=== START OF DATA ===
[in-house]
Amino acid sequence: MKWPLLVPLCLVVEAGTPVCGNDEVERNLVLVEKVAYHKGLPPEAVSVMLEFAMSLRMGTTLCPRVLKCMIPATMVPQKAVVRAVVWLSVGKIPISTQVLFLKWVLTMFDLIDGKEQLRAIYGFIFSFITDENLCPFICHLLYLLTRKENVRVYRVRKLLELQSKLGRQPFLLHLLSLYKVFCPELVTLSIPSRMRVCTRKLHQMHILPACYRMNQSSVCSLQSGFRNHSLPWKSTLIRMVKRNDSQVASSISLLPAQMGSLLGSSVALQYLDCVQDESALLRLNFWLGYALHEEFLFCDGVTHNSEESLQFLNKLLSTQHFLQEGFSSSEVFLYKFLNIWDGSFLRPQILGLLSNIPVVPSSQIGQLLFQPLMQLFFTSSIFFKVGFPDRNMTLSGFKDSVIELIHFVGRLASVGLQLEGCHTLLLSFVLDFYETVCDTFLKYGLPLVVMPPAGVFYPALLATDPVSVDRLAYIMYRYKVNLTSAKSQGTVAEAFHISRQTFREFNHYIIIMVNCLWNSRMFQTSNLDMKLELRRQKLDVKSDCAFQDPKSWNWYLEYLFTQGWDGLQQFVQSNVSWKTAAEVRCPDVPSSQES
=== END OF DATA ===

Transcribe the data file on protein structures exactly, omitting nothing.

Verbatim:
[in-house]
Amino acid sequence: MKWPLLVPLCLVVEAGTPVCGNDEVERNLVLVEKVAYHKGLPPEAVSVMLEFAMSLRMGTTLCPRVLKCMIPATMVPQKAVVRAVVWLSVGKIPISTQVLFLKWVLTMFDLIDGKEQLRAIYGFIFSFITDENLCPFICHLLYLLTRKENVRVYRVRKLLELQSKLGRQPFLLHLLSLYKVFCPELVTLSIPSRMRVCTRKLHQMHILPACYRMNQSSVCSLQSGFRNHSLPWKSTLIRMVKRNDSQVASSISLLPAQMGSLLGSSVALQYLDCVQDESALLRLNFWLGYALHEEFLFCDGVTHNSEESLQFLNKLLSTQHFLQEGFSSSEVFLYKFLNIWDGSFLRPQILGLLSNIPVVPSSQIGQLLFQPLMQLFFTSSIFFKVGFPDRNMTLSGFKDSVIELIHFVGRLASVGLQLEGCHTLLLSFVLDFYETVCDTFLKYGLPLVVMPPAGVFYPALLATDPVSVDRLAYIMYRYKVNLTSAKSQGTVAEAFHISRQTFREFNHYIIIMVNCLWNSRMFQTSNLDMKLELRRQKLDVKSDCAFQDPKSWNWYLEYLFTQGWDGLQQFVQSNVSWKTAAEVRCPDVPSSQES